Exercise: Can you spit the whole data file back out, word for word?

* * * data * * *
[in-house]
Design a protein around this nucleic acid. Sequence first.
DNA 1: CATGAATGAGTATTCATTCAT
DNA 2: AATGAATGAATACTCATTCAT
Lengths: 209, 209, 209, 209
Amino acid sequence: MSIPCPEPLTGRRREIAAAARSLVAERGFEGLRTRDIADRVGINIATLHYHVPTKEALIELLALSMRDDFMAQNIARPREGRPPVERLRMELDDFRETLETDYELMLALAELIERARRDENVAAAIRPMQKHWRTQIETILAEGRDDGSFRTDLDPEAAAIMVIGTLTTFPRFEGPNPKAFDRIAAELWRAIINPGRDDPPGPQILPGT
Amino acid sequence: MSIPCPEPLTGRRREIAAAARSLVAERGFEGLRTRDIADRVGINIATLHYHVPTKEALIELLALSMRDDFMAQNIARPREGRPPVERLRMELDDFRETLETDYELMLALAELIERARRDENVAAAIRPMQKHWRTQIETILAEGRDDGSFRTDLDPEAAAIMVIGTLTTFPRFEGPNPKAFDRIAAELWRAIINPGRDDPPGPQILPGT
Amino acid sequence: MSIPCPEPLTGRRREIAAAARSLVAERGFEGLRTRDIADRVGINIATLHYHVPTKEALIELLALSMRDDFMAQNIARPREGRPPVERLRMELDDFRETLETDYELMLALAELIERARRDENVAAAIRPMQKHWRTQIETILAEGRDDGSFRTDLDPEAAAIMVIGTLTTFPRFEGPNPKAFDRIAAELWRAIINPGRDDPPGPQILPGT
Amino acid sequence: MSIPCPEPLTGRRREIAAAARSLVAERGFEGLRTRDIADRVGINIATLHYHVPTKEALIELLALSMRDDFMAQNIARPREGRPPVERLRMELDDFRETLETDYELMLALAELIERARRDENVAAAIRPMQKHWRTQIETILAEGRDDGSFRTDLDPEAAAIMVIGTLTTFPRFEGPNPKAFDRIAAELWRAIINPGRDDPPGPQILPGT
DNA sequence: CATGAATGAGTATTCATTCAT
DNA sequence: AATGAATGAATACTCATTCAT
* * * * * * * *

[in-house]
Design a protein around this nucleic acid. Sequence first.
DNA 1: CATGAATGAGTATTCATTCAT
DNA 2: AATGAATGAATACTCATTCAT
Lengths: 209, 209, 209, 209
Amino acid sequence: MSIPCPEPLTGRRREIAAAARSLVAERGFEGLRTRDIADRVGINIATLHYHVPTKEALIELLALSMRDDFMAQNIARPREGRPPVERLRMELDDFRETLETDYELMLALAELIERARRDENVAAAIRPMQKHWRTQIETILAEGRDDGSFRTDLDPEAAAIMVIGTLTTFPRFEGPNPKAFDRIAAELWRAIINPGRDDPPGPQILPGT
Amino acid sequence: MSIPCPEPLTGRRREIAAAARSLVAERGFEGLRTRDIADRVGINIATLHYHVPTKEALIELLALSMRDDFMAQNIARPREGRPPVERLRMELDDFRETLETDYELMLALAELIERARRDENVAAAIRPMQKHWRTQIETILAEGRDDGSFRTDLDPEAAAIMVIGTLTTFPRFEGPNPKAFDRIAAELWRAIINPGRDDPPGPQILPGT
Amino acid sequence: MSIPCPEPLTGRRREIAAAARSLVAERGFEGLRTRDIADRVGINIATLHYHVPTKEALIELLALSMRDDFMAQNIARPREGRPPVERLRMELDDFRETLETDYELMLALAELIERARRDENVAAAIRPMQKHWRTQIETILAEGRDDGSFRTDLDPEAAAIMVIGTLTTFPRFEGPNPKAFDRIAAELWRAIINPGRDDPPGPQILPGT
Amino acid sequence: MSIPCPEPLTGRRREIAAAARSLVAERGFEGLRTRDIADRVGINIATLHYHVPTKEALIELLALSMRDDFMAQNIARPREGRPPVERLRMELDDFRETLETDYELMLALAELIERARRDENVAAAIRPMQKHWRTQIETILAEGRDDGSFRTDLDPEAAAIMVIGTLTTFPRFEGPNPKAFDRIAAELWRAIINPGRDDPPGPQILPGT
DNA sequence: CATGAATGAGTATTCATTCAT
DNA sequence: AATGAATGAATACTCATTCAT